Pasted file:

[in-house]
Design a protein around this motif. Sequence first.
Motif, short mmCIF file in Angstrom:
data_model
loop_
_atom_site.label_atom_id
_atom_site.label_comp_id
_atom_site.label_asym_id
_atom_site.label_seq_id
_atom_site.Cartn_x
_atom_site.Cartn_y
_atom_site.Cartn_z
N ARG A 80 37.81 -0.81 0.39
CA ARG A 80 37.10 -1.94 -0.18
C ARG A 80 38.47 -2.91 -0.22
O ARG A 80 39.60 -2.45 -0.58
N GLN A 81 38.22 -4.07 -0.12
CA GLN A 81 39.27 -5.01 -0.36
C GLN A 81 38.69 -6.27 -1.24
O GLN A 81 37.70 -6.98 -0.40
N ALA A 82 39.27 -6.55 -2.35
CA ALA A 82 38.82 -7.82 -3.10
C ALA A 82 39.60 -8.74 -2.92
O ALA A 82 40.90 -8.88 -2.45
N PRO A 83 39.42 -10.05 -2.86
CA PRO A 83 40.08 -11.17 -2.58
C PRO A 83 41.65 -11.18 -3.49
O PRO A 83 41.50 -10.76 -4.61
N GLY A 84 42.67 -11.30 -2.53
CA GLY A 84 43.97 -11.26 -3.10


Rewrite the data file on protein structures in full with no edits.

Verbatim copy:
[in-house]
Design a protein around this motif. Sequence first.
Motif, short mmCIF file in Angstrom:
data_model
loop_
_atom_site.label_atom_id
_atom_site.label_comp_id
_atom_site.label_asym_id
_atom_site.label_seq_id
_atom_site.Cartn_x
_atom_site.Cartn_y
_atom_site.Cartn_z
N ARG A 80 37.81 -0.81 0.39
CA ARG A 80 37.10 -1.94 -0.18
C ARG A 80 38.47 -2.91 -0.22
O ARG A 80 39.60 -2.45 -0.58
N GLN A 81 38.22 -4.07 -0.12
CA GLN A 81 39.27 -5.01 -0.36
C GLN A 81 38.69 -6.27 -1.24
O GLN A 81 37.70 -6.98 -0.40
N ALA A 82 39.27 -6.55 -2.35
CA ALA A 82 38.82 -7.82 -3.10
C ALA A 82 39.60 -8.74 -2.92
O ALA A 82 40.90 -8.88 -2.45
N PRO A 83 39.42 -10.05 -2.86
CA PRO A 83 40.08 -11.17 -2.58
C PRO A 83 41.65 -11.18 -3.49
O PRO A 83 41.50 -10.76 -4.61
N GLY A 84 42.67 -11.30 -2.53
CA GLY A 84 43.97 -11.26 -3.10